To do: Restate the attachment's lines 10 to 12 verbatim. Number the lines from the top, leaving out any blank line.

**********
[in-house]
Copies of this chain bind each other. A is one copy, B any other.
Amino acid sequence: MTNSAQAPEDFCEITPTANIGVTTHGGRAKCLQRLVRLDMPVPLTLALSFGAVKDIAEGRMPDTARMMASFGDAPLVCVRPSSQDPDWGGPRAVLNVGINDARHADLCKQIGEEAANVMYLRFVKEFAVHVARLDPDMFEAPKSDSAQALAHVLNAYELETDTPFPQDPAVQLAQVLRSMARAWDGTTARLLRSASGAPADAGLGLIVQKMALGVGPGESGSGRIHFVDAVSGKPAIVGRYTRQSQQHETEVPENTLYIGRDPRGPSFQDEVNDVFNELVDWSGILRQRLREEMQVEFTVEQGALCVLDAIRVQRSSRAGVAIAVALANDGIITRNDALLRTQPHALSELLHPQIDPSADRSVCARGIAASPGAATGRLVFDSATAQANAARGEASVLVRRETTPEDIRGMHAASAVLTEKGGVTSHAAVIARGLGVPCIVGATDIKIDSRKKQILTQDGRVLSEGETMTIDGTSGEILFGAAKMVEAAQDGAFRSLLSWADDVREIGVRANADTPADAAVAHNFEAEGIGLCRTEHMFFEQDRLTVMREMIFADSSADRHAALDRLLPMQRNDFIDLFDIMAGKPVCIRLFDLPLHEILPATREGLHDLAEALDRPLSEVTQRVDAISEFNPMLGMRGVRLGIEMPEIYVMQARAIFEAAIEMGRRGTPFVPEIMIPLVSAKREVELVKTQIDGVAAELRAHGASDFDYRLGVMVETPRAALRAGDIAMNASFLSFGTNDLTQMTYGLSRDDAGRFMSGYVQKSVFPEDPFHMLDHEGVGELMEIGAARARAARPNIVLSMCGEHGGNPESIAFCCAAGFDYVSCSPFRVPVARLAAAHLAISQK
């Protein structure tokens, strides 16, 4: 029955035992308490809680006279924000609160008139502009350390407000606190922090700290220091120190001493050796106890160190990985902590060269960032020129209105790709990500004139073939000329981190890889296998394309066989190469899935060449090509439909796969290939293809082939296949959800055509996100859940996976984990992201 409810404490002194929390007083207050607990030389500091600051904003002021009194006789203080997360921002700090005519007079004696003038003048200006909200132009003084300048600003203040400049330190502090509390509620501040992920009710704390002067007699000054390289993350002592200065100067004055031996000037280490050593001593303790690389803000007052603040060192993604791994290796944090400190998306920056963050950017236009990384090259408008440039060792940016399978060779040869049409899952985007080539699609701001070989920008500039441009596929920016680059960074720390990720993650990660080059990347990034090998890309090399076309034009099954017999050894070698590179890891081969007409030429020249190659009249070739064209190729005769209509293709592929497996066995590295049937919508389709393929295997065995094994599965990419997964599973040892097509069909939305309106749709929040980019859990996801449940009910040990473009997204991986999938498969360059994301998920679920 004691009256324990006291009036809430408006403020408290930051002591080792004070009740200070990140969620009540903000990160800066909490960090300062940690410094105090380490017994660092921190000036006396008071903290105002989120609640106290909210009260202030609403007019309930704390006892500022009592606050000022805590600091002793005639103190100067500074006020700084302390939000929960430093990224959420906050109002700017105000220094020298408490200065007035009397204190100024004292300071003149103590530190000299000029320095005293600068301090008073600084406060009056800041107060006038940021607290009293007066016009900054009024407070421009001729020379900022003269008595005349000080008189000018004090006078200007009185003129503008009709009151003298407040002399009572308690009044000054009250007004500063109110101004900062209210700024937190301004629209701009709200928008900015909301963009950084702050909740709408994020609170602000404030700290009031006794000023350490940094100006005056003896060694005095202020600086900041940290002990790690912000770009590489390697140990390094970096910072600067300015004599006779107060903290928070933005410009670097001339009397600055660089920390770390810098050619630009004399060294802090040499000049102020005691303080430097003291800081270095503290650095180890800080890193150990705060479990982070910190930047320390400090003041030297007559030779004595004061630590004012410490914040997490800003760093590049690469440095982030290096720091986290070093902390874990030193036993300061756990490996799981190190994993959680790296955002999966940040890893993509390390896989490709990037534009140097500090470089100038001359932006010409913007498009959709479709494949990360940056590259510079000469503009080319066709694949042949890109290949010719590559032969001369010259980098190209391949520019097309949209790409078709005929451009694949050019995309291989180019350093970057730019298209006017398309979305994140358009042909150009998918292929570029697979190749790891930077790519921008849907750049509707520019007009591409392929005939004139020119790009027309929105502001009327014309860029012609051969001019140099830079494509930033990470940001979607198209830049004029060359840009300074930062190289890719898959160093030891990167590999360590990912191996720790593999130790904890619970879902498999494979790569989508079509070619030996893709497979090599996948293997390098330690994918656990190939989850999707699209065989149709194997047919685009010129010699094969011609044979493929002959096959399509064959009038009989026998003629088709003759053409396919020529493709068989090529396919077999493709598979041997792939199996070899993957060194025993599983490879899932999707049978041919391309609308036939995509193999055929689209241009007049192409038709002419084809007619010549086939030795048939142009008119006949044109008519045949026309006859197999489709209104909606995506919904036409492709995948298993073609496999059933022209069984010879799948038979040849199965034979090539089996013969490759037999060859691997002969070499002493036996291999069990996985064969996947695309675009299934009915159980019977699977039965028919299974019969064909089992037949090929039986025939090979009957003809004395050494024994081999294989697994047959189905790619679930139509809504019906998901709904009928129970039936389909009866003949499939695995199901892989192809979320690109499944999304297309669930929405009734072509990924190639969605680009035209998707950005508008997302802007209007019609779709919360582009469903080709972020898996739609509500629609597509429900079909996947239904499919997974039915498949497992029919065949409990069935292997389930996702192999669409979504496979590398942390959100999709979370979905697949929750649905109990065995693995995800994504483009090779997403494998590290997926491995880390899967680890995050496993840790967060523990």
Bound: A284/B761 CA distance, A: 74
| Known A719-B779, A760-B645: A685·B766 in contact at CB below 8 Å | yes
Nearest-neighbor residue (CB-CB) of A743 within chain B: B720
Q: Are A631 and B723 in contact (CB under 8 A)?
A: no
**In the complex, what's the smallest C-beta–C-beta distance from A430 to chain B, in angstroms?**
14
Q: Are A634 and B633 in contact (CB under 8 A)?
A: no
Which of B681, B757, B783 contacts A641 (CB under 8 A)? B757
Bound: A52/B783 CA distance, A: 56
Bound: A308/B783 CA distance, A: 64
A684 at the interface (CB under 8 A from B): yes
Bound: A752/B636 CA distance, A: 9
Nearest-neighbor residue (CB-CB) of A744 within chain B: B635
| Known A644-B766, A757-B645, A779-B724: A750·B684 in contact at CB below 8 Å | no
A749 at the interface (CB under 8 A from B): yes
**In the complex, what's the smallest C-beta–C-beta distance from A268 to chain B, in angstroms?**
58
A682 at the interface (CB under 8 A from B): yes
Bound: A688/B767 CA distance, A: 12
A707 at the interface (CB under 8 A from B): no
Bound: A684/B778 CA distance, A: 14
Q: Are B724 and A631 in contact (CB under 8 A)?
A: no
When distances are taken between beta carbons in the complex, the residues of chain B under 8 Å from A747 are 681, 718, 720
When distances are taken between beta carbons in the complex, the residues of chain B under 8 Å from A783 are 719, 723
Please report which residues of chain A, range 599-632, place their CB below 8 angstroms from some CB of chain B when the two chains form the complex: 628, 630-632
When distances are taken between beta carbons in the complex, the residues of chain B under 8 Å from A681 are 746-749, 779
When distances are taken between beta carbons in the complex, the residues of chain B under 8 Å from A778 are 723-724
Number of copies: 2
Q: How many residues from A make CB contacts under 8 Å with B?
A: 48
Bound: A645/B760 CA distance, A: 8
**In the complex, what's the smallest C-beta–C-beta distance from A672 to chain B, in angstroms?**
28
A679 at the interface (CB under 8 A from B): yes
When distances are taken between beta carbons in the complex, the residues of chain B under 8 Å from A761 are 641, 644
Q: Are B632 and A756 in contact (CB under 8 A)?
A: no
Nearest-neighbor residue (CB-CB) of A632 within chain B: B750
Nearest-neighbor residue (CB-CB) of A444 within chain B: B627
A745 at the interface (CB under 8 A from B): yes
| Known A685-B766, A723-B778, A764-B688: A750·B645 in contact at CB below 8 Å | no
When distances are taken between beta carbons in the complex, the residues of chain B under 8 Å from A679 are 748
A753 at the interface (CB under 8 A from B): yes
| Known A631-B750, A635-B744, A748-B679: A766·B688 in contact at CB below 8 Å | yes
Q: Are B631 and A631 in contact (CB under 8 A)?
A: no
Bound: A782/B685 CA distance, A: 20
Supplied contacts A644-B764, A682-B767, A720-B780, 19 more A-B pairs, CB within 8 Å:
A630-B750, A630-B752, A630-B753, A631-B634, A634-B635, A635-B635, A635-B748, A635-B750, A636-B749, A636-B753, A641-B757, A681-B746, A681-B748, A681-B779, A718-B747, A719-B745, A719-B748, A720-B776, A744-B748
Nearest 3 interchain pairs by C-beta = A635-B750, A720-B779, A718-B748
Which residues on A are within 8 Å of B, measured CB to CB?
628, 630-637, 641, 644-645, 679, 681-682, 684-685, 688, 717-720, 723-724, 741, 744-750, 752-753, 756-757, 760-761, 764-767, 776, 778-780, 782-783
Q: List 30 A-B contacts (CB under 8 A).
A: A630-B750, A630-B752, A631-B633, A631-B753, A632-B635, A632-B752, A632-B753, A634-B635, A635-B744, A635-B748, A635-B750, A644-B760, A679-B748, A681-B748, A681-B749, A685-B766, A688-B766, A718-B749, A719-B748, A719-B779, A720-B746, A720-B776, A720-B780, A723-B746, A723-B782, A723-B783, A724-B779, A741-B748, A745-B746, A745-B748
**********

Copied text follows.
**In the complex, what's the smallest C-beta–C-beta distance from A430 to chain B, in angstroms?**
14
Q: Are A634 and B633 in contact (CB under 8 A)?